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Menopause & Perimenopause

Menopause & Perimenopause

Between the brain fog and internal inferno, menopause is tough enough without adding chronic pain or pelvic floor issues like incontinence, painful sex, or prolapse. Whether you’re in perimenopause and want to prevent symptoms or you’re here to improve them, we’ve got you!

Origin PTs are experts in staying strong and pain-free through menopause. Get treatment online or in-person. And, no, it isn’t all kegels, all the time.

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Solutions to Your Symptoms

Understand your condition

Aging combined with the hormonal changes of menopause can weaken the pelvic floor muscles. Without support, pelvic organs can slip out of place (prolapse) and bladder/bowel leaks can increase. If your pelvic floor muscles are tight as well as weak, sex may be painful.

Work 1:1 with a physical therapist

Your PT will take time to understand the symptoms you’re experiencing and evaluate your posture, movement, and pelvic health. Personalized treatment may include:

  • Pelvic floor strengthening and flexibility
  • Full-body exercises to build or maintain strength and lower your risk of osteoporosis
  • Referral for a pessary to boost support for your pelvic organs

Feel confident in your body

Having a PT on your side can help you prevent and treat pelvic issues as well as aches and pains anywhere in your body, so you can keep doing what you love. On average, treatment consists of 12-16 weekly visits.

COMMON & TREATABLE

Research shows that addressing pelvic floor health + improving overall strength and physical wellbeing can help to reduce and even prevent many symptoms related to menopause.

"I have no idea what to expect with menopause."
"He has viagra, but sex feels impossible."
"I can barely make it to the toilet in time."

Sources: Naumova I, et al. Current treatment options for postmenopausal vaginal atrophy. International Journal of Women's Health. 2018; Sran M, et al. Physical therapy for urinary incontinence in postmenopausal women with osteoporosis or low bone density. Menopause. 2016.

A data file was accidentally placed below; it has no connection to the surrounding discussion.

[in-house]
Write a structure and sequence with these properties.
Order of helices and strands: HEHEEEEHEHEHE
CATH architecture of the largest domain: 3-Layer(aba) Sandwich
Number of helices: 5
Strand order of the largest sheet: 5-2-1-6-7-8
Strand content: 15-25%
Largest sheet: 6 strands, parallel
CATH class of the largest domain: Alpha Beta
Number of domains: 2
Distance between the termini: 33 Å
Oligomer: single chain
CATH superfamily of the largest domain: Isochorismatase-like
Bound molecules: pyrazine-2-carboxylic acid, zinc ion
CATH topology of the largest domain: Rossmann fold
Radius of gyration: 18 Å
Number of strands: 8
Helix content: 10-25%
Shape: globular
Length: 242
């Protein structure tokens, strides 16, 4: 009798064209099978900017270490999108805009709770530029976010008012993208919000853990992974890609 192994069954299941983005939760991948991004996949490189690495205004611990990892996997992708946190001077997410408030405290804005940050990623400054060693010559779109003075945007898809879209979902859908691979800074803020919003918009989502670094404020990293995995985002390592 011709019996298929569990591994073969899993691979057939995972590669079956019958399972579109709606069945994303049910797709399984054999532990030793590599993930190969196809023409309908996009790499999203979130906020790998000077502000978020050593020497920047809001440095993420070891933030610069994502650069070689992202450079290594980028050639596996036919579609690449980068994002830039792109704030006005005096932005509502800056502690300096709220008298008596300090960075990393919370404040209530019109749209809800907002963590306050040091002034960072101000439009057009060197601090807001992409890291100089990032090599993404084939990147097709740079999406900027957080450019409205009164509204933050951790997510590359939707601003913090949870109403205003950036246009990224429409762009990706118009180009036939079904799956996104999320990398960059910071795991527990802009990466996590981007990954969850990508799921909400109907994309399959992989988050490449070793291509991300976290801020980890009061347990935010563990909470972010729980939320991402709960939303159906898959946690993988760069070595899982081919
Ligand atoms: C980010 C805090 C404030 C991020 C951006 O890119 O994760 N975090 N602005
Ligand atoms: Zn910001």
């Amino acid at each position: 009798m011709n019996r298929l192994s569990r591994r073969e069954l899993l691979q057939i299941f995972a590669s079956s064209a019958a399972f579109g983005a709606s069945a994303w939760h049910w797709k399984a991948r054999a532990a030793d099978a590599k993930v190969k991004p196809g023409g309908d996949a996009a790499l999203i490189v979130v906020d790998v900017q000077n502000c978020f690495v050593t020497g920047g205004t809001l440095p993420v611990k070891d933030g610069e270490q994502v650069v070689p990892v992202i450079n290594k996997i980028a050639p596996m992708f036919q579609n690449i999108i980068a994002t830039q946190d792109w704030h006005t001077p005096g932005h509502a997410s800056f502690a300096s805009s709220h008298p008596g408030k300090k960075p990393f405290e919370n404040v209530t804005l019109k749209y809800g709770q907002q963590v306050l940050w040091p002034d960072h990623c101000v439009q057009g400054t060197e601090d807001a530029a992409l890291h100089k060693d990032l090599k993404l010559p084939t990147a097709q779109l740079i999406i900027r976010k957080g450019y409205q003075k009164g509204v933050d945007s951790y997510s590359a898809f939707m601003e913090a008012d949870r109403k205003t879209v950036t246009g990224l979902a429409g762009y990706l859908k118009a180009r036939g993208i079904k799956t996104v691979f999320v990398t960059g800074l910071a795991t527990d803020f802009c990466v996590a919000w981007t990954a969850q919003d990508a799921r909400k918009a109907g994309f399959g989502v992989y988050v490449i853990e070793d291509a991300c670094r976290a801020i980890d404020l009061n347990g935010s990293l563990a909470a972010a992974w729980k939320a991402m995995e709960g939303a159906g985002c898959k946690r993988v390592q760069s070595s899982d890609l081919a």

Menopause FAQ

How is menopause defined?

The term “menopause” generally refers to the time of life when menstruation happens less often and finallys stops altogether. Technically, you’ve gone through menopause when you’ve had no periods for a full year.

At what age does menopause typically happen?

The average age at menopause is 51.

What are the first signs of menopause?

Two of the most common early signs of menopause include missed or irregular periods and sudden increases in body heat — hot flashes — that can range from mild to majorly disruptive. Other early signs are vaginal dryness, breast tenderness, dry skin, and difficulty sleeping.

How long does menopause last?

It can vary from person to person, but the average length of menopause is 4 years.

What is early menopause?

Menopause is considered early or premature if it happens before the age of 40. Premature menopause will occur if you have your uterus removed via a hysterectomy, or it can be the result of damage to the ovaries.

What are the stages of menopause?
  • Perimenopause refers to the years before menopause when estrogen production by the ovaries begins to slow. Periods may become more irregular during this time.
  • Menopause is defined as one year without periods. At this point, the ovaries are no longer producing much estrogen and have stopped releasing eggs.
  • Postmenopause applies to the rest of your life after menopause, when lack of estrogen can continue to contribute to health issues.
What treatments are available for menopause?

Menopause treatments include hormone replacement therapy to replace lost estrogen, estrogen cream or gel to relieve vaginal dryness, drugs to manage hot flashes, and our favorite: physical therapy to address pelvic floor dysfunction.

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The Origin Team

Our pelvic floor and orthopedic physical therapists have helped over 15,000 patients feel better in their bodies.
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Covered By Insurance

Taking care of yourself shouldn’t break the bank.

We’re in-network with most insurance plans.

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